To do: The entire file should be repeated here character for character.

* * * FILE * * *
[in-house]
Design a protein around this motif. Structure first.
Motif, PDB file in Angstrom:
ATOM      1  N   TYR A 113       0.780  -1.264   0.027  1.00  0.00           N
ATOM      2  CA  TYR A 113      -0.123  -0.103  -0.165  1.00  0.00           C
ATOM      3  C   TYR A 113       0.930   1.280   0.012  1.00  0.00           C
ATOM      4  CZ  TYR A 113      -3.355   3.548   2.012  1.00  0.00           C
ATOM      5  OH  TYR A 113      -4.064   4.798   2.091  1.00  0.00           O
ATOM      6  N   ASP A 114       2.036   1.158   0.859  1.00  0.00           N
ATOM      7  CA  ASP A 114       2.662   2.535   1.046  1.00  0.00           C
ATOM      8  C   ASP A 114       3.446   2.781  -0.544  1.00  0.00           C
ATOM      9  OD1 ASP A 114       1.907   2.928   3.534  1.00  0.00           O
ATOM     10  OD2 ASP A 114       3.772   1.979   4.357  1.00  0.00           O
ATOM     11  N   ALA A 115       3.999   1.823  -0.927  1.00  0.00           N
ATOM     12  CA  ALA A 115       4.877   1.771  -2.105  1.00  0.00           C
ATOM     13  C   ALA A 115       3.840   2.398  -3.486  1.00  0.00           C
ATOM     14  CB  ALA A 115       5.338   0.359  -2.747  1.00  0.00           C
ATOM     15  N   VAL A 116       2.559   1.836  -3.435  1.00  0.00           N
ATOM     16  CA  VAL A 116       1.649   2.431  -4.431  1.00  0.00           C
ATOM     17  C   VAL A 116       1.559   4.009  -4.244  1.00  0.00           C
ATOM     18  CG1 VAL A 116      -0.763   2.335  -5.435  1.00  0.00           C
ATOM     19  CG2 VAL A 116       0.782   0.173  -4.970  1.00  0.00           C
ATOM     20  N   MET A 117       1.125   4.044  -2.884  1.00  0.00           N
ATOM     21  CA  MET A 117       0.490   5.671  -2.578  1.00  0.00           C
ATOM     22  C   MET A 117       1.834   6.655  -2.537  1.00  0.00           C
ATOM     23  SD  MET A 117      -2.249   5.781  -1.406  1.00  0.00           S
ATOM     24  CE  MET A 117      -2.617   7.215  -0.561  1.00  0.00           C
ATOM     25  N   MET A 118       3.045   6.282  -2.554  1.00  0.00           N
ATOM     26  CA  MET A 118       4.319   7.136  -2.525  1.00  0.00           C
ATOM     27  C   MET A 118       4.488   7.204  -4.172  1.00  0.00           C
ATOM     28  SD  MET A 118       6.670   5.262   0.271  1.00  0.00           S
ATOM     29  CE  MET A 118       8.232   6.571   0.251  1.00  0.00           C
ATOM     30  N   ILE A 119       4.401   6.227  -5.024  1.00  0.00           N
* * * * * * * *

[in-house]
Design a protein around this motif. Structure first.
Motif, PDB file in Angstrom:
ATOM      1  N   TYR A 113       0.780  -1.264   0.027  1.00  0.00           N
ATOM      2  CA  TYR A 113      -0.123  -0.103  -0.165  1.00  0.00           C
ATOM      3  C   TYR A 113       0.930   1.280   0.012  1.00  0.00           C
ATOM      4  CZ  TYR A 113      -3.355   3.548   2.012  1.00  0.00           C
ATOM      5  OH  TYR A 113      -4.064   4.798   2.091  1.00  0.00           O
ATOM      6  N   ASP A 114       2.036   1.158   0.859  1.00  0.00           N
ATOM      7  CA  ASP A 114       2.662   2.535   1.046  1.00  0.00           C
ATOM      8  C   ASP A 114       3.446   2.781  -0.544  1.00  0.00           C
ATOM      9  OD1 ASP A 114       1.907   2.928   3.534  1.00  0.00           O
ATOM     10  OD2 ASP A 114       3.772   1.979   4.357  1.00  0.00           O
ATOM     11  N   ALA A 115       3.999   1.823  -0.927  1.00  0.00           N
ATOM     12  CA  ALA A 115       4.877   1.771  -2.105  1.00  0.00           C
ATOM     13  C   ALA A 115       3.840   2.398  -3.486  1.00  0.00           C
ATOM     14  CB  ALA A 115       5.338   0.359  -2.747  1.00  0.00           C
ATOM     15  N   VAL A 116       2.559   1.836  -3.435  1.00  0.00           N
ATOM     16  CA  VAL A 116       1.649   2.431  -4.431  1.00  0.00           C
ATOM     17  C   VAL A 116       1.559   4.009  -4.244  1.00  0.00           C
ATOM     18  CG1 VAL A 116      -0.763   2.335  -5.435  1.00  0.00           C
ATOM     19  CG2 VAL A 116       0.782   0.173  -4.970  1.00  0.00           C
ATOM     20  N   MET A 117       1.125   4.044  -2.884  1.00  0.00           N
ATOM     21  CA  MET A 117       0.490   5.671  -2.578  1.00  0.00           C
ATOM     22  C   MET A 117       1.834   6.655  -2.537  1.00  0.00           C
ATOM     23  SD  MET A 117      -2.249   5.781  -1.406  1.00  0.00           S
ATOM     24  CE  MET A 117      -2.617   7.215  -0.561  1.00  0.00           C
ATOM     25  N   MET A 118       3.045   6.282  -2.554  1.00  0.00           N
ATOM     26  CA  MET A 118       4.319   7.136  -2.525  1.00  0.00           C
ATOM     27  C   MET A 118       4.488   7.204  -4.172  1.00  0.00           C
ATOM     28  SD  MET A 118       6.670   5.262   0.271  1.00  0.00           S
ATOM     29  CE  MET A 118       8.232   6.571   0.251  1.00  0.00           C
ATOM     30  N   ILE A 119       4.401   6.227  -5.024  1.00  0.00           N